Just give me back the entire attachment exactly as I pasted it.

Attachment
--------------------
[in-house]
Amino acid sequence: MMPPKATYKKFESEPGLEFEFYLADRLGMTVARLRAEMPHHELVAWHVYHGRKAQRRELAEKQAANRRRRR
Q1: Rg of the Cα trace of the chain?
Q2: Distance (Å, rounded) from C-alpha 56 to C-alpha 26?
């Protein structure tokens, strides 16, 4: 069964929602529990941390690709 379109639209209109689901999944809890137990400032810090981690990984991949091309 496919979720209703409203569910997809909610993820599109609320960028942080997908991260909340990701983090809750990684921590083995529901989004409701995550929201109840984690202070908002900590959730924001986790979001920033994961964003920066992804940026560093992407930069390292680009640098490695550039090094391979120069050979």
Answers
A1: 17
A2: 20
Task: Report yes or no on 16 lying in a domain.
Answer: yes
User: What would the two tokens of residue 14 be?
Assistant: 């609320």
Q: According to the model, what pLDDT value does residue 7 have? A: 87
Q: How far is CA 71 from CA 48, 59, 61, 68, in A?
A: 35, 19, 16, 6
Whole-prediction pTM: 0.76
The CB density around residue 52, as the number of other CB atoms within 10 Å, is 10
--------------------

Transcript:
[in-house]
Amino acid sequence: MMPPKATYKKFESEPGLEFEFYLADRLGMTVARLRAEMPHHELVAWHVYHGRKAQRRELAEKQAANRRRRR
Q1: Rg of the Cα trace of the chain?
Q2: Distance (Å, rounded) from C-alpha 56 to C-alpha 26?
């Protein structure tokens, strides 16, 4: 069964929602529990941390690709 379109639209209109689901999944809890137990400032810090981690990984991949091309 496919979720209703409203569910997809909610993820599109609320960028942080997908991260909340990701983090809750990684921590083995529901989004409701995550929201109840984690202070908002900590959730924001986790979001920033994961964003920066992804940026560093992407930069390292680009640098490695550039090094391979120069050979």
Answers
A1: 17
A2: 20
Task: Report yes or no on 16 lying in a domain.
Answer: yes
User: What would the two tokens of residue 14 be?
Assistant: 């609320």
Q: According to the model, what pLDDT value does residue 7 have? A: 87
Q: How far is CA 71 from CA 48, 59, 61, 68, in A?
A: 35, 19, 16, 6
Whole-prediction pTM: 0.76
The CB density around residue 52, as the number of other CB atoms within 10 Å, is 10